promised to you. This is the kind of blessing Jacob gave his sons in Genesis
49: Judah, your brothers shall praise you; Asher, your food shall be rich;
Joseph, you will be a branch heavy with fruit and a branch so big people
outside the orchard’s walls will be able to eat of it. And when he has
blessed all his children, Jacob says The blessings of your father are
stronger than the blessings of the eternal mountains, the bounties of the
everlasting hills. This kind of blessing doesn’t just mean you’re lucky or
happy, it means that someone loves you, someone is wishing for you or giving
you things that will help make your life good. Paul is using the word that
means this kind of blessing; we are blessed because of what God has done for
us in Jesus Christ, because God loves us and wants good things for us,
because of what God says to us in His word.

Praise of God because of His love for us fills the whole passage, and indeed
the whole letter, but it’s especially important to remember that praise is
the context as we look at the next few verses, because they bring up the
dreaded subject of ‘predestination’. God chose us in Christ before the
foundation of the world to be holy and blameless before him in love. He
destined us--'predestinated us', the KJV translates it--for adoption as his
children through Jesus Christ. Some people get very excited when the subject
of predestination comes up, I've noticed. I think it must be because they
like to think they're in charge of their own lives, that no one controls
their lives but them. Good luck with that, is all I can say; my own
experience is that practically everyone except me determines what I do. And
I'm talking about people who are not God, and probably don't love me as much
as God loves me. So I find Paul's words at the end of this verse, according
to the good pleasure of his will, very comforting and reassuring. He
destined us for adoption as his children through Jesus Christ according to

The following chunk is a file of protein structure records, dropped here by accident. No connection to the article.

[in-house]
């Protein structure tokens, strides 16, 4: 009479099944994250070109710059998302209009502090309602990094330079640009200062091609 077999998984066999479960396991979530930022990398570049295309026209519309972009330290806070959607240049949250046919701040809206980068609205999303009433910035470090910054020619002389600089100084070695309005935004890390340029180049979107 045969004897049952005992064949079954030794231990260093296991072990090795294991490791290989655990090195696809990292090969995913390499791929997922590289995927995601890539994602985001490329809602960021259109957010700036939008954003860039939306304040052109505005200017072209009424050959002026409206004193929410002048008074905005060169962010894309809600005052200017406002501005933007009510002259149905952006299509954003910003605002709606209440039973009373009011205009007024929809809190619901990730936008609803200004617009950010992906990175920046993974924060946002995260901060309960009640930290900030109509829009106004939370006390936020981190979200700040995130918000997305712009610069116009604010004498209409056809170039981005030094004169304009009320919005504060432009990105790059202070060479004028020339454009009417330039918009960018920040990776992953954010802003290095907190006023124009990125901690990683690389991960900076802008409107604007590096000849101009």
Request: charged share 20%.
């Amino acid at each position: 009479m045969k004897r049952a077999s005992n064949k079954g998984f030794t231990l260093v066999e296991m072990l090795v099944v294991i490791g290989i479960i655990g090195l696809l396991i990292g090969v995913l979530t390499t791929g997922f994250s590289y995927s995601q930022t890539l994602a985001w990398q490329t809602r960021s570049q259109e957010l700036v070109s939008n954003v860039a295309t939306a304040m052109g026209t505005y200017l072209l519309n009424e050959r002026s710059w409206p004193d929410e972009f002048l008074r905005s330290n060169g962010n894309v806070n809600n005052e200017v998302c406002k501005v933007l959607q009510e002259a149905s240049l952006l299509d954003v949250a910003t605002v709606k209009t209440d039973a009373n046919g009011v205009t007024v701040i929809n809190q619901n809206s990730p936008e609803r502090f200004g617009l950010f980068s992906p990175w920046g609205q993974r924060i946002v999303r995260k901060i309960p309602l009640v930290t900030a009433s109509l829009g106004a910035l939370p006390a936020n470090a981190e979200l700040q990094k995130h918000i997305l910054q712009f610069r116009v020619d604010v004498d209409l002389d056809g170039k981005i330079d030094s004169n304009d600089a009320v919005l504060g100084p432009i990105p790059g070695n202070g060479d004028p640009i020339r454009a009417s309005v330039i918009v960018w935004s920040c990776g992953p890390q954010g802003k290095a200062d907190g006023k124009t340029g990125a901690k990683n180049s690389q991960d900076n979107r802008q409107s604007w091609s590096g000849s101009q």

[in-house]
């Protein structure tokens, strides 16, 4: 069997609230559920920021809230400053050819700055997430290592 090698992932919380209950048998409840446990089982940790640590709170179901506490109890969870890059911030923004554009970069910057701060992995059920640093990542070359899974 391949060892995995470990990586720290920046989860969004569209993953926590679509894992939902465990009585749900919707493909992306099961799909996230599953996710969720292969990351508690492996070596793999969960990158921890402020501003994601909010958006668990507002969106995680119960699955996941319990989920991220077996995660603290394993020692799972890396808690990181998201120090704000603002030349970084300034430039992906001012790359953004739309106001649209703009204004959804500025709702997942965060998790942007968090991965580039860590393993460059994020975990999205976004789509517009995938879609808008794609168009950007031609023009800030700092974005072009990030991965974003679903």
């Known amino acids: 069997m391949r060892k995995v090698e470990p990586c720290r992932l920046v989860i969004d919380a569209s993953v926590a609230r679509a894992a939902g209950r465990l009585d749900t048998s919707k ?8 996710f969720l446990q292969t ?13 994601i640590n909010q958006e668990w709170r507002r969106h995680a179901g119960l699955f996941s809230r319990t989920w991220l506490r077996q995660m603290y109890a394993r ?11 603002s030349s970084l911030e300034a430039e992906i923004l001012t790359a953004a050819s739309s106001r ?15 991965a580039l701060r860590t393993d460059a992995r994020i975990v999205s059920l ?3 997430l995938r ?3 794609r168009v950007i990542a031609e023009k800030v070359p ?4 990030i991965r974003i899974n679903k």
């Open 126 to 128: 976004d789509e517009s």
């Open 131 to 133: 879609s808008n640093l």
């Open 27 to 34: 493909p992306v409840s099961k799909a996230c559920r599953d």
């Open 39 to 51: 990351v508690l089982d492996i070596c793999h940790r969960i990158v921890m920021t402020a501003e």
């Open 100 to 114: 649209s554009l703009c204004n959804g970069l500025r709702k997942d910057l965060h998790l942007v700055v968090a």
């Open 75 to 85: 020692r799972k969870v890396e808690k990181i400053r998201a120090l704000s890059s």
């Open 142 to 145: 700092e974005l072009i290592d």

the good pleasure of his will. God's will is our good pleasure; that's why
Paul is so full of praise of God for the blessings God has given us.

Predestination is biblical teaching, and it's not just Paul's teaching, it's
Jesus's teaching too: You did not choose me, but I chose you, He tells His
followers. But free will is also biblical teaching; the Bible calls us so
often to make a choice, make a decision. Choose this day whom you will
serve, whether the gods your fathers served in the region beyond the River,
or the gods of the Amorites in whose land you dwell; but as for me and my
house, we will serve the Lord. We have free will, no doubt about it. To our
limited minds free will seems incompatible with the idea that God destined
us to be His children, but God sees no contradiction. And the presence of
the idea of predestination in this letter that is so filled with praise of
God for His love for us is, I think, the key to bringing the two ideas into
harmony with one another. In the words in v 4, he chose us in Christ before
the foundation of the world to be holy and blameless before him in love, the
phrase 'in love' is crucial to keep in mind, because it applies to the whole
clause--he chose us in love, to be holy before Him in love. He chose us in
love. Perhaps the best illustration is the young man wooing his bride,
asking her to choose him and not the others she could have, and trying to